Several irritating events ensued that I won't go into; however, the owner quickly found the source of our problem --- not a fuse.  He wormed his way under the console, contorting his body in ways that the human body does not bend.  He then traded our emergency flasher doo-hicky to replace our failed turn signal doo-hicky.  He then sent one of his guys to an auto parts store to get a new doo-hicky for the emergency flashers.  He gave me the failed doo-hicky as a souvenir --- an object I would never have found.  The good news --- we found a way to kill the extra hour (and more).  The business was A & L Tire and Automotive.   I cannot say enough good things about this business and the owner who dropped what he was doing to help us.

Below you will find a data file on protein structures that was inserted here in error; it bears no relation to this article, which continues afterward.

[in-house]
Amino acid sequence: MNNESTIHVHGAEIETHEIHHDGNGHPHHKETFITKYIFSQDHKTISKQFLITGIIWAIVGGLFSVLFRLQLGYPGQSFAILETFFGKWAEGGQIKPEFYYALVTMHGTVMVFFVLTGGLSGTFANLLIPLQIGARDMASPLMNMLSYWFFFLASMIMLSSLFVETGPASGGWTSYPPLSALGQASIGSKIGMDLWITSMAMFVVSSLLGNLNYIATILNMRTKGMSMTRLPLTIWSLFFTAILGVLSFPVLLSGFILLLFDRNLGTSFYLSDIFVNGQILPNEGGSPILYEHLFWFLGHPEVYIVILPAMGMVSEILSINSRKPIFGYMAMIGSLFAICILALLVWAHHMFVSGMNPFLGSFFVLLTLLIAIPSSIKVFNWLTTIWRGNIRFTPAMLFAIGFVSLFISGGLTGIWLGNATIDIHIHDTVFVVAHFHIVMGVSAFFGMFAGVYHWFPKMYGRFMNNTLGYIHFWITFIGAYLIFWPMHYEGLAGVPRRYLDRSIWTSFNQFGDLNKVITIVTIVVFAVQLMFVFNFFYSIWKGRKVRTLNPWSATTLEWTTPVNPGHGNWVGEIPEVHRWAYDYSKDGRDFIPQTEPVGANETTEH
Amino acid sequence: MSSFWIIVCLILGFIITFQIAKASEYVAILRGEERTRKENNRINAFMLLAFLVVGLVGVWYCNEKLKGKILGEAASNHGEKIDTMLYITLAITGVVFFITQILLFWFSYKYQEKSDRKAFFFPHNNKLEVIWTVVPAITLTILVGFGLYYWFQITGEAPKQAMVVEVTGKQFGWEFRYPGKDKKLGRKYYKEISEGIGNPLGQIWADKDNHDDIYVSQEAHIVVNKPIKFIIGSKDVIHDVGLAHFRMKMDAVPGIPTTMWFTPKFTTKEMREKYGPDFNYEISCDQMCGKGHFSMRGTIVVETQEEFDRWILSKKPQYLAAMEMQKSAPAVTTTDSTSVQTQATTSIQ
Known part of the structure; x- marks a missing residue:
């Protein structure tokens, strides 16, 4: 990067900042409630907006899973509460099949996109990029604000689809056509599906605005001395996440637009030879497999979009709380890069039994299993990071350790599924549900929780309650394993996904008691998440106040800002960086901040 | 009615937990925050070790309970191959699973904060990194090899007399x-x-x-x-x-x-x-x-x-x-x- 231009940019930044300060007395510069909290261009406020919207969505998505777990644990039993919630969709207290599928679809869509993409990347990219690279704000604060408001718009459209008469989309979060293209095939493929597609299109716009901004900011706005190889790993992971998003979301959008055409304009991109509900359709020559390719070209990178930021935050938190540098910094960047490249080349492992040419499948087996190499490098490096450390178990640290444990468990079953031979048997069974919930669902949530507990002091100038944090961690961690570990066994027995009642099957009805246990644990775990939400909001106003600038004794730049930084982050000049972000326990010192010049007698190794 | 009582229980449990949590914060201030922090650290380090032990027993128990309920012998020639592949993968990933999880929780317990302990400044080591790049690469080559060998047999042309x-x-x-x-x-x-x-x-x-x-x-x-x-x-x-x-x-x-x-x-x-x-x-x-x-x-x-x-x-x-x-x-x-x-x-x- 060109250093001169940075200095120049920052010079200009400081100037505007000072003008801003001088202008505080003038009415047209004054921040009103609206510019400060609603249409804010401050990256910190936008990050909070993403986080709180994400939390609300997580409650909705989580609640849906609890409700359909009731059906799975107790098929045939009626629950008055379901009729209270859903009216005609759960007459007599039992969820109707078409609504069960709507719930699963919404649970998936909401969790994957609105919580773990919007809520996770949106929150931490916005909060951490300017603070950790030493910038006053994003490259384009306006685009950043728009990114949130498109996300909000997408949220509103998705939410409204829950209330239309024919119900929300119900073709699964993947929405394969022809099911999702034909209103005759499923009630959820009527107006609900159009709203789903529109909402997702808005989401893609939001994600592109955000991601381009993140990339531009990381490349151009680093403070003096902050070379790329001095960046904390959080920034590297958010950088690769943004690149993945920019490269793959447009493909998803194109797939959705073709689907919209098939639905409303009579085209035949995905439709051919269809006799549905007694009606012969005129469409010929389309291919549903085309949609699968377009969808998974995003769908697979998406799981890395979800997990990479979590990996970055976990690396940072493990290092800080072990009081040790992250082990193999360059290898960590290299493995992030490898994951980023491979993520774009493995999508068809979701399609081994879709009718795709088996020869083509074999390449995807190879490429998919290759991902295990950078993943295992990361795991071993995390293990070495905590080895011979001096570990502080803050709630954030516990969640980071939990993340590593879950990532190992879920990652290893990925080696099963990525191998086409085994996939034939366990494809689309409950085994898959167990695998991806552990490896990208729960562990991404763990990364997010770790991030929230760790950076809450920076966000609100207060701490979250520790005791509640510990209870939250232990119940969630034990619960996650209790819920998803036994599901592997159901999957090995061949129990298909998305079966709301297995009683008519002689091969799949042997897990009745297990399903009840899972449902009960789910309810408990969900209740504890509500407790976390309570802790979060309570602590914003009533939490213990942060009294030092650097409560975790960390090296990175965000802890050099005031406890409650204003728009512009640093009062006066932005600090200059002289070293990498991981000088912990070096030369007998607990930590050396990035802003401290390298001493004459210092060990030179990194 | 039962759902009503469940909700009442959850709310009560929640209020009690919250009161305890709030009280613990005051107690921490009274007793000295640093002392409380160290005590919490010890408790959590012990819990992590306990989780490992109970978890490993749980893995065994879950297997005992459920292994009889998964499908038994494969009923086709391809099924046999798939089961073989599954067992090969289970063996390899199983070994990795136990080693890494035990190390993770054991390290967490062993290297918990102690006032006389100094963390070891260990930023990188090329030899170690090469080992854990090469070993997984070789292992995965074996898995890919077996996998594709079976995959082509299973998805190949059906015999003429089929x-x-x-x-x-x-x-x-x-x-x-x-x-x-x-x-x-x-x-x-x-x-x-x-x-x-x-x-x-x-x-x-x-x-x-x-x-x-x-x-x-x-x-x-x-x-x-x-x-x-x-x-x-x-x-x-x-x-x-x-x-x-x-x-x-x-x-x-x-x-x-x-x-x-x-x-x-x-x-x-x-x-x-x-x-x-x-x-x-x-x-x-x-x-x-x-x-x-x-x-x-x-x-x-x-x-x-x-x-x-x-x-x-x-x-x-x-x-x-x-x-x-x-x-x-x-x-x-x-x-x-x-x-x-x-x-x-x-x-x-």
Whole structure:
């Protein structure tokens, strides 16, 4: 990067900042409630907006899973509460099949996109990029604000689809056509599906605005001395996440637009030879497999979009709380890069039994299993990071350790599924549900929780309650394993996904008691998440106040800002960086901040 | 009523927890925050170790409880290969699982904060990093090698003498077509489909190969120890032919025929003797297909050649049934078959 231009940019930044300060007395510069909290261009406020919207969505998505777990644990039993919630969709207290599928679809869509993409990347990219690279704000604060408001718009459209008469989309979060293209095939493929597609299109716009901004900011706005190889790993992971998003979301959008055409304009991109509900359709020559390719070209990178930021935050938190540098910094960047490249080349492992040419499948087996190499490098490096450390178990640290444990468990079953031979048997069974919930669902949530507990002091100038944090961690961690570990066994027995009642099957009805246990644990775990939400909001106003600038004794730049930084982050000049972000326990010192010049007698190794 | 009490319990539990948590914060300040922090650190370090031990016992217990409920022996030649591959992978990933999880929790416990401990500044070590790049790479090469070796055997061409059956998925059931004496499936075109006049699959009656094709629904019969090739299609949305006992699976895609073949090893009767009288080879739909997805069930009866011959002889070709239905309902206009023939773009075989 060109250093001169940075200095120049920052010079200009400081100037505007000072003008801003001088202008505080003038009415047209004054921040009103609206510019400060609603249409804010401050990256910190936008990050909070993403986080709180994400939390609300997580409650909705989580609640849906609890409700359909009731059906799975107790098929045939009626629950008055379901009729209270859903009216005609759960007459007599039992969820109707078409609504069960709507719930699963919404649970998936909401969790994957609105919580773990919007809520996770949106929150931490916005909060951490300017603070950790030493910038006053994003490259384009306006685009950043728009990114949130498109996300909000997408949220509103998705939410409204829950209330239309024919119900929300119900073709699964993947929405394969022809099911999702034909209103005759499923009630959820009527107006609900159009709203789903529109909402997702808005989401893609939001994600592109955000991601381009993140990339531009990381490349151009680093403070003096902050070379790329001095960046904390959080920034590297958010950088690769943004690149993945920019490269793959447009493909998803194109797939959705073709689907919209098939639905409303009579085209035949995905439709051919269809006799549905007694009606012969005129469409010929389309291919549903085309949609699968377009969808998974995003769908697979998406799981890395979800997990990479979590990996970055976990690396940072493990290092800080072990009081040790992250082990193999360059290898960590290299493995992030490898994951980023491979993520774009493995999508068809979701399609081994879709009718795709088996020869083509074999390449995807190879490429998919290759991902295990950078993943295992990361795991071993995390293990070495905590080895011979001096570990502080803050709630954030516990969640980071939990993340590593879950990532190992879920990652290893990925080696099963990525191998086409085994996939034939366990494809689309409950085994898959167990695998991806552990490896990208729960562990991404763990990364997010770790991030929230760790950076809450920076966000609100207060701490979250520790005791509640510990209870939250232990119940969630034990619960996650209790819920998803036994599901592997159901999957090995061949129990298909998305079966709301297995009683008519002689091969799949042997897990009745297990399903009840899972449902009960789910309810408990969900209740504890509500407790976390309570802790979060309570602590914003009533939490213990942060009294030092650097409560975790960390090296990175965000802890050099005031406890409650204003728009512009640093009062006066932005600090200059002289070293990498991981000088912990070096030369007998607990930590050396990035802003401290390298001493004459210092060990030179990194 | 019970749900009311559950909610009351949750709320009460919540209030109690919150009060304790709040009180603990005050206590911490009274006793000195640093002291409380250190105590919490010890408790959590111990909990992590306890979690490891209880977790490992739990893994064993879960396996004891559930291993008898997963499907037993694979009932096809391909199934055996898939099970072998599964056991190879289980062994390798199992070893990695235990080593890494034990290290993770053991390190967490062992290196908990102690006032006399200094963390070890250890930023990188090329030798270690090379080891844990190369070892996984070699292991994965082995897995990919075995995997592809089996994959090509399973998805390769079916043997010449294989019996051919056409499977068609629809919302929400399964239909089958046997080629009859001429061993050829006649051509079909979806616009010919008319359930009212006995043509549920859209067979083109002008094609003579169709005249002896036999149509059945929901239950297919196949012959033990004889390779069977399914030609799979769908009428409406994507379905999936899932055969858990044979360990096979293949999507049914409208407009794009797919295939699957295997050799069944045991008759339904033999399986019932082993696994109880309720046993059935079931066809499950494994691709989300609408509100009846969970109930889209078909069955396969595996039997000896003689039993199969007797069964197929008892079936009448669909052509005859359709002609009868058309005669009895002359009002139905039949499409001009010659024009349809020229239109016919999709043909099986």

We drove uphill for an hour to Mammoth Lakes.  When we arrived at our new campground the frustrations continued.  We thought we would have full hook-ups for the next eight nights. Evidently I reserved a water/electric site without sewer to save money.  My bad.  Oh well, we'll go to the dump station after four days.  Irritating, but not that big a deal.  Guess what?  Our site was so unlevel that we needed to use the leveling ramps that we have on hand, but seldom use.  This was time consuming, but not the end of the world.  As I was getting the outside set up, Dianne told me that the cable TV did not work.  After a visit from a very capable campground employee, we determined that one of the components in the motor home has probably failed (yet to be determined, but seems to be the connector box).  The problem was solved by running the cable* though a partially opened window and connecting directly to the back of the TV.  The front TV now works (at least here).